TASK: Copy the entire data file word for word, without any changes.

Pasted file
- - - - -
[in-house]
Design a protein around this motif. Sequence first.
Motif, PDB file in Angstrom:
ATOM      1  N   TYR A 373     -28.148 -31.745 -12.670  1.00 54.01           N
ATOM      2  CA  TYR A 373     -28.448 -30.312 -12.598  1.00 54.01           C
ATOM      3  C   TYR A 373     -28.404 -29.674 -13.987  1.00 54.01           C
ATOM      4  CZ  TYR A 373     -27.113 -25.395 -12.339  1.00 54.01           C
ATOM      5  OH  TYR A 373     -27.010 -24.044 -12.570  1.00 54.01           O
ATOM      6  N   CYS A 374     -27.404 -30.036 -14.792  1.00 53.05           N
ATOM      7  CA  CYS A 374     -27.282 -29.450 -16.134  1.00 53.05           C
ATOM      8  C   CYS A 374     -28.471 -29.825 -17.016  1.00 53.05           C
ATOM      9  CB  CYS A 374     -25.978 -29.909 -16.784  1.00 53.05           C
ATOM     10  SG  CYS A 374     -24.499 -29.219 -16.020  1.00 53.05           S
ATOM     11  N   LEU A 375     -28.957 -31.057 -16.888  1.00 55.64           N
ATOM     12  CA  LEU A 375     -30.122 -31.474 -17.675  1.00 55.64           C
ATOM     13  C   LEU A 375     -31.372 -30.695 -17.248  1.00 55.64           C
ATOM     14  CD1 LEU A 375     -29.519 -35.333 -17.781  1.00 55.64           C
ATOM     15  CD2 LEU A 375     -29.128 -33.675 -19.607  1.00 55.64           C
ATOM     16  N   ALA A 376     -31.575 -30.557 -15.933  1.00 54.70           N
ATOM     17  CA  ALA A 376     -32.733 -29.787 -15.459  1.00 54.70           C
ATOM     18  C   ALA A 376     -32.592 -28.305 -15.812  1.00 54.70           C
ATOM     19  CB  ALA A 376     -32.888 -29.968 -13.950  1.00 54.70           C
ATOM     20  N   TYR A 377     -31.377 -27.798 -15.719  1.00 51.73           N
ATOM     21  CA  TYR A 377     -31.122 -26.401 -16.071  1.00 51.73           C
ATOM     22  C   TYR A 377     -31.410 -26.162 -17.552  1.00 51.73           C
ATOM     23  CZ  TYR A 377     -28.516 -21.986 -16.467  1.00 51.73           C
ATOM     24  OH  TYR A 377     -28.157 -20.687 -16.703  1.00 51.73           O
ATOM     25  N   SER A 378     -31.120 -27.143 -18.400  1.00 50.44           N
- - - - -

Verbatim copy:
[in-house]
Design a protein around this motif. Sequence first.
Motif, PDB file in Angstrom:
ATOM      1  N   TYR A 373     -28.148 -31.745 -12.670  1.00 54.01           N
ATOM      2  CA  TYR A 373     -28.448 -30.312 -12.598  1.00 54.01           C
ATOM      3  C   TYR A 373     -28.404 -29.674 -13.987  1.00 54.01           C
ATOM      4  CZ  TYR A 373     -27.113 -25.395 -12.339  1.00 54.01           C
ATOM      5  OH  TYR A 373     -27.010 -24.044 -12.570  1.00 54.01           O
ATOM      6  N   CYS A 374     -27.404 -30.036 -14.792  1.00 53.05           N
ATOM      7  CA  CYS A 374     -27.282 -29.450 -16.134  1.00 53.05           C
ATOM      8  C   CYS A 374     -28.471 -29.825 -17.016  1.00 53.05           C
ATOM      9  CB  CYS A 374     -25.978 -29.909 -16.784  1.00 53.05           C
ATOM     10  SG  CYS A 374     -24.499 -29.219 -16.020  1.00 53.05           S
ATOM     11  N   LEU A 375     -28.957 -31.057 -16.888  1.00 55.64           N
ATOM     12  CA  LEU A 375     -30.122 -31.474 -17.675  1.00 55.64           C
ATOM     13  C   LEU A 375     -31.372 -30.695 -17.248  1.00 55.64           C
ATOM     14  CD1 LEU A 375     -29.519 -35.333 -17.781  1.00 55.64           C
ATOM     15  CD2 LEU A 375     -29.128 -33.675 -19.607  1.00 55.64           C
ATOM     16  N   ALA A 376     -31.575 -30.557 -15.933  1.00 54.70           N
ATOM     17  CA  ALA A 376     -32.733 -29.787 -15.459  1.00 54.70           C
ATOM     18  C   ALA A 376     -32.592 -28.305 -15.812  1.00 54.70           C
ATOM     19  CB  ALA A 376     -32.888 -29.968 -13.950  1.00 54.70           C
ATOM     20  N   TYR A 377     -31.377 -27.798 -15.719  1.00 51.73           N
ATOM     21  CA  TYR A 377     -31.122 -26.401 -16.071  1.00 51.73           C
ATOM     22  C   TYR A 377     -31.410 -26.162 -17.552  1.00 51.73           C
ATOM     23  CZ  TYR A 377     -28.516 -21.986 -16.467  1.00 51.73           C
ATOM     24  OH  TYR A 377     -28.157 -20.687 -16.703  1.00 51.73           O
ATOM     25  N   SER A 378     -31.120 -27.143 -18.400  1.00 50.44           N